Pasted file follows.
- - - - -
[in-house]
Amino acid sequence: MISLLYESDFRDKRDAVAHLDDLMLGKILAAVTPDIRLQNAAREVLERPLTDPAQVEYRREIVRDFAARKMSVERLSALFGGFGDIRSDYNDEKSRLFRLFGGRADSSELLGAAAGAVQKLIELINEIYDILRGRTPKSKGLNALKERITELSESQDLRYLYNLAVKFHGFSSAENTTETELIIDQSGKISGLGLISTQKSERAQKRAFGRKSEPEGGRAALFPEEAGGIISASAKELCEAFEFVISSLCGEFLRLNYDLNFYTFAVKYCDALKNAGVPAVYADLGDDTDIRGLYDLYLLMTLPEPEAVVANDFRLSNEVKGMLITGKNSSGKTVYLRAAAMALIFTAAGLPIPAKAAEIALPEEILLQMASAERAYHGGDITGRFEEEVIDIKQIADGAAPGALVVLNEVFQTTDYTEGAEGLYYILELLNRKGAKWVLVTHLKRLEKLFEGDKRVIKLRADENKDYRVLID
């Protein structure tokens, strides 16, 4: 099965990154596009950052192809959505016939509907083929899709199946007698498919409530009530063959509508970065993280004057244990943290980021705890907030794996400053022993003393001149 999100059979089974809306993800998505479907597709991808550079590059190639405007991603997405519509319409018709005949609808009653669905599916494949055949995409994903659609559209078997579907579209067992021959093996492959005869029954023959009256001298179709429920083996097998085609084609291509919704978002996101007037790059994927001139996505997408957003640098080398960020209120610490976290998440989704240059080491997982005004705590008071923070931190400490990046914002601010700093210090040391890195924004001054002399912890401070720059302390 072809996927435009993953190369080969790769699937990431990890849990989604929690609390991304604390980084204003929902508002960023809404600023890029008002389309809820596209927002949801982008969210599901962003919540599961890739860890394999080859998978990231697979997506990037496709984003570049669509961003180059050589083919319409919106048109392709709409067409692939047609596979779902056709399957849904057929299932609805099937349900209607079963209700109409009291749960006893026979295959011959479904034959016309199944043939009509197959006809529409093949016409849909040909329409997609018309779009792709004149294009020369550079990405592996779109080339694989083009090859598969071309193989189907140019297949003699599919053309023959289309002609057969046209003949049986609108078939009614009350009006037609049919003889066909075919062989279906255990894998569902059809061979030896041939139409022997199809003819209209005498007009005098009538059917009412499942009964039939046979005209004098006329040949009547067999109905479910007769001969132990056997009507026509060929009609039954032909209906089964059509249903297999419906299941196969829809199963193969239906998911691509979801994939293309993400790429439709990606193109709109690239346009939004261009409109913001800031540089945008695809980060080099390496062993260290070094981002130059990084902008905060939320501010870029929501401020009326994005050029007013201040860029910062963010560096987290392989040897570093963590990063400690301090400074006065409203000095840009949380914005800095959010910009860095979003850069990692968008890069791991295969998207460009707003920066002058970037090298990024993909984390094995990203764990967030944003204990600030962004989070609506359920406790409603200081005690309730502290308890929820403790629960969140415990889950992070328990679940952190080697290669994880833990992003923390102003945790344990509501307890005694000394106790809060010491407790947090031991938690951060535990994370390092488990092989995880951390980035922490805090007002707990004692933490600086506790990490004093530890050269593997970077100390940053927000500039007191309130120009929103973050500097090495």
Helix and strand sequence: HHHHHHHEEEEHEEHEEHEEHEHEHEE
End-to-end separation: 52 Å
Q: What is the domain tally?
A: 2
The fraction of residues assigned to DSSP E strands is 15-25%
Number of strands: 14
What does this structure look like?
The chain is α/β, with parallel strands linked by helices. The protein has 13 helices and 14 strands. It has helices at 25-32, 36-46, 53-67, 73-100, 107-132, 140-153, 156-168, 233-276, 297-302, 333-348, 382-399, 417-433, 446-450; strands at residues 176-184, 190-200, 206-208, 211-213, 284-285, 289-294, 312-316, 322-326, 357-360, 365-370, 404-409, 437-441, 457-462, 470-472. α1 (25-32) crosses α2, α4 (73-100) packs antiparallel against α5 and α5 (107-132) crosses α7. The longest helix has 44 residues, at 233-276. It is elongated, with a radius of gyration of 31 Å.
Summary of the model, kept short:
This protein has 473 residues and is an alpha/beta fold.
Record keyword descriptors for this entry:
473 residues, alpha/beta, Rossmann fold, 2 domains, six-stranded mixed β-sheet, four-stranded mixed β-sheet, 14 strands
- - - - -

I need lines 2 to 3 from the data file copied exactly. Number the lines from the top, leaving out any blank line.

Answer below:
Amino acid sequence: MISLLYESDFRDKRDAVAHLDDLMLGKILAAVTPDIRLQNAAREVLERPLTDPAQVEYRREIVRDFAARKMSVERLSALFGGFGDIRSDYNDEKSRLFRLFGGRADSSELLGAAAGAVQKLIELINEIYDILRGRTPKSKGLNALKERITELSESQDLRYLYNLAVKFHGFSSAENTTETELIIDQSGKISGLGLISTQKSERAQKRAFGRKSEPEGGRAALFPEEAGGIISASAKELCEAFEFVISSLCGEFLRLNYDLNFYTFAVKYCDALKNAGVPAVYADLGDDTDIRGLYDLYLLMTLPEPEAVVANDFRLSNEVKGMLITGKNSSGKTVYLRAAAMALIFTAAGLPIPAKAAEIALPEEILLQMASAERAYHGGDITGRFEEEVIDIKQIADGAAPGALVVLNEVFQTTDYTEGAEGLYYILELLNRKGAKWVLVTHLKRLEKLFEGDKRVIKLRADENKDYRVLID
């Protein structure tokens, strides 16, 4: 099965990154596009950052192809959505016939509907083929899709199946007698498919409530009530063959509508970065993280004057244990943290980021705890907030794996400053022993003393001149 999100059979089974809306993800998505479907597709991808550079590059190639405007991603997405519509319409018709005949609808009653669905599916494949055949995409994903659609559209078997579907579209067992021959093996492959005869029954023959009256001298179709429920083996097998085609084609291509919704978002996101007037790059994927001139996505997408957003640098080398960020209120610490976290998440989704240059080491997982005004705590008071923070931190400490990046914002601010700093210090040391890195924004001054002399912890401070720059302390 072809996927435009993953190369080969790769699937990431990890849990989604929690609390991304604390980084204003929902508002960023809404600023890029008002389309809820596209927002949801982008969210599901962003919540599961890739860890394999080859998978990231697979997506990037496709984003570049669509961003180059050589083919319409919106048109392709709409067409692939047609596979779902056709399957849904057929299932609805099937349900209607079963209700109409009291749960006893026979295959011959479904034959016309199944043939009509197959006809529409093949016409849909040909329409997609018309779009792709004149294009020369550079990405592996779109080339694989083009090859598969071309193989189907140019297949003699599919053309023959289309002609057969046209003949049986609108078939009614009350009006037609049919003889066909075919062989279906255990894998569902059809061979030896041939139409022997199809003819209209005498007009005098009538059917009412499942009964039939046979005209004098006329040949009547067999109905479910007769001969132990056997009507026509060929009609039954032909209906089964059509249903297999419906299941196969829809199963193969239906998911691509979801994939293309993400790429439709990606193109709109690239346009939004261009409109913001800031540089945008695809980060080099390496062993260290070094981002130059990084902008905060939320501010870029929501401020009326994005050029007013201040860029910062963010560096987290392989040897570093963590990063400690301090400074006065409203000095840009949380914005800095959010910009860095979003850069990692968008890069791991295969998207460009707003920066002058970037090298990024993909984390094995990203764990967030944003204990600030962004989070609506359920406790409603200081005690309730502290308890929820403790629960969140415990889950992070328990679940952190080697290669994880833990992003923390102003945790344990509501307890005694000394106790809060010491407790947090031991938690951060535990994370390092488990092989995880951390980035922490805090007002707990004692933490600086506790990490004093530890050269593997970077100390940053927000500039007191309130120009929103973050500097090495």